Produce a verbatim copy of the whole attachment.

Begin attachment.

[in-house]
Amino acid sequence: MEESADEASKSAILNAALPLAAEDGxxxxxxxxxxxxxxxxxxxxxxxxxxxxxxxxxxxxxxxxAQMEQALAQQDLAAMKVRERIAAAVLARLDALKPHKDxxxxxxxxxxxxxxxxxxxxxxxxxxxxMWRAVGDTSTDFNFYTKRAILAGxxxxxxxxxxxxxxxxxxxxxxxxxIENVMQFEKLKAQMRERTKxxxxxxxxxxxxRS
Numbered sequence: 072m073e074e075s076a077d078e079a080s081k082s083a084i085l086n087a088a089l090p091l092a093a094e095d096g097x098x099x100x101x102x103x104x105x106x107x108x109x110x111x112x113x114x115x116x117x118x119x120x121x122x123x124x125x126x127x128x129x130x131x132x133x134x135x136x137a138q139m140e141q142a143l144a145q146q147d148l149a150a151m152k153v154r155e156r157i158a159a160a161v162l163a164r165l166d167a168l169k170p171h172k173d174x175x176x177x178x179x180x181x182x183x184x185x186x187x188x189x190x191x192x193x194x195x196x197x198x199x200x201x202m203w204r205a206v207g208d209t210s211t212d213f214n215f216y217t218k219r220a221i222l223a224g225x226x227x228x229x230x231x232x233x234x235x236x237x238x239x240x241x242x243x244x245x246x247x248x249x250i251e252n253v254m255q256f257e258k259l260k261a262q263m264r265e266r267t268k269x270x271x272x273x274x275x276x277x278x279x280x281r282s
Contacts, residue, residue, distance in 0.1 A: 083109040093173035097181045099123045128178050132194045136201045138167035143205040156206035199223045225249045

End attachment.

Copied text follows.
[in-house]
Amino acid sequence: MEESADEASKSAILNAALPLAAEDGxxxxxxxxxxxxxxxxxxxxxxxxxxxxxxxxxxxxxxxxAQMEQALAQQDLAAMKVRERIAAAVLARLDALKPHKDxxxxxxxxxxxxxxxxxxxxxxxxxxxxMWRAVGDTSTDFNFYTKRAILAGxxxxxxxxxxxxxxxxxxxxxxxxxIENVMQFEKLKAQMRERTKxxxxxxxxxxxxRS
Numbered sequence: 072m073e074e075s076a077d078e079a080s081k082s083a084i085l086n087a088a089l090p091l092a093a094e095d096g097x098x099x100x101x102x103x104x105x106x107x108x109x110x111x112x113x114x115x116x117x118x119x120x121x122x123x124x125x126x127x128x129x130x131x132x133x134x135x136x137a138q139m140e141q142a143l144a145q146q147d148l149a150a151m152k153v154r155e156r157i158a159a160a161v162l163a164r165l166d167a168l169k170p171h172k173d174x175x176x177x178x179x180x181x182x183x184x185x186x187x188x189x190x191x192x193x194x195x196x197x198x199x200x201x202m203w204r205a206v207g208d209t210s211t212d213f214n215f216y217t218k219r220a221i222l223a224g225x226x227x228x229x230x231x232x233x234x235x236x237x238x239x240x241x242x243x244x245x246x247x248x249x250i251e252n253v254m255q256f257e258k259l260k261a262q263m264r265e266r267t268k269x270x271x272x273x274x275x276x277x278x279x280x281r282s
Contacts, residue, residue, distance in 0.1 A: 083109040093173035097181045099123045128178050132194045136201045138167035143205040156206035199223045225249045